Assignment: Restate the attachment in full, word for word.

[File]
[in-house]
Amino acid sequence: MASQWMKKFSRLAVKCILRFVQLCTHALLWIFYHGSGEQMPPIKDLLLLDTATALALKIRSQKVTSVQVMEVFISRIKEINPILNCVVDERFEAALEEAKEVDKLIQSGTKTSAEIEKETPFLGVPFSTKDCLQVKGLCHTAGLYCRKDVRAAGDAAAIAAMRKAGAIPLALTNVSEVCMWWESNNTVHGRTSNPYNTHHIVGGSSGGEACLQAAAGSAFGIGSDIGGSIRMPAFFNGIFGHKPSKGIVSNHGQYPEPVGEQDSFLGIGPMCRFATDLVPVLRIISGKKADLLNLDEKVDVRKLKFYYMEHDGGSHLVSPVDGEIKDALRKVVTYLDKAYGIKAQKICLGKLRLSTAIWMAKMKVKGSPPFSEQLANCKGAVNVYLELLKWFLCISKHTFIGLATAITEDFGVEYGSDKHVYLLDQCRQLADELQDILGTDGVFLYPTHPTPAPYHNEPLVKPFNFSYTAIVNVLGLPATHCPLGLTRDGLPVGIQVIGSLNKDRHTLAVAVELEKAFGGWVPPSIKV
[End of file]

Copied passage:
[in-house]
Amino acid sequence: MASQWMKKFSRLAVKCILRFVQLCTHALLWIFYHGSGEQMPPIKDLLLLDTATALALKIRSQKVTSVQVMEVFISRIKEINPILNCVVDERFEAALEEAKEVDKLIQSGTKTSAEIEKETPFLGVPFSTKDCLQVKGLCHTAGLYCRKDVRAAGDAAAIAAMRKAGAIPLALTNVSEVCMWWESNNTVHGRTSNPYNTHHIVGGSSGGEACLQAAAGSAFGIGSDIGGSIRMPAFFNGIFGHKPSKGIVSNHGQYPEPVGEQDSFLGIGPMCRFATDLVPVLRIISGKKADLLNLDEKVDVRKLKFYYMEHDGGSHLVSPVDGEIKDALRKVVTYLDKAYGIKAQKICLGKLRLSTAIWMAKMKVKGSPPFSEQLANCKGAVNVYLELLKWFLCISKHTFIGLATAITEDFGVEYGSDKHVYLLDQCRQLADELQDILGTDGVFLYPTHPTPAPYHNEPLVKPFNFSYTAIVNVLGLPATHCPLGLTRDGLPVGIQVIGSLNKDRHTLAVAVELEKAFGGWVPPSIKV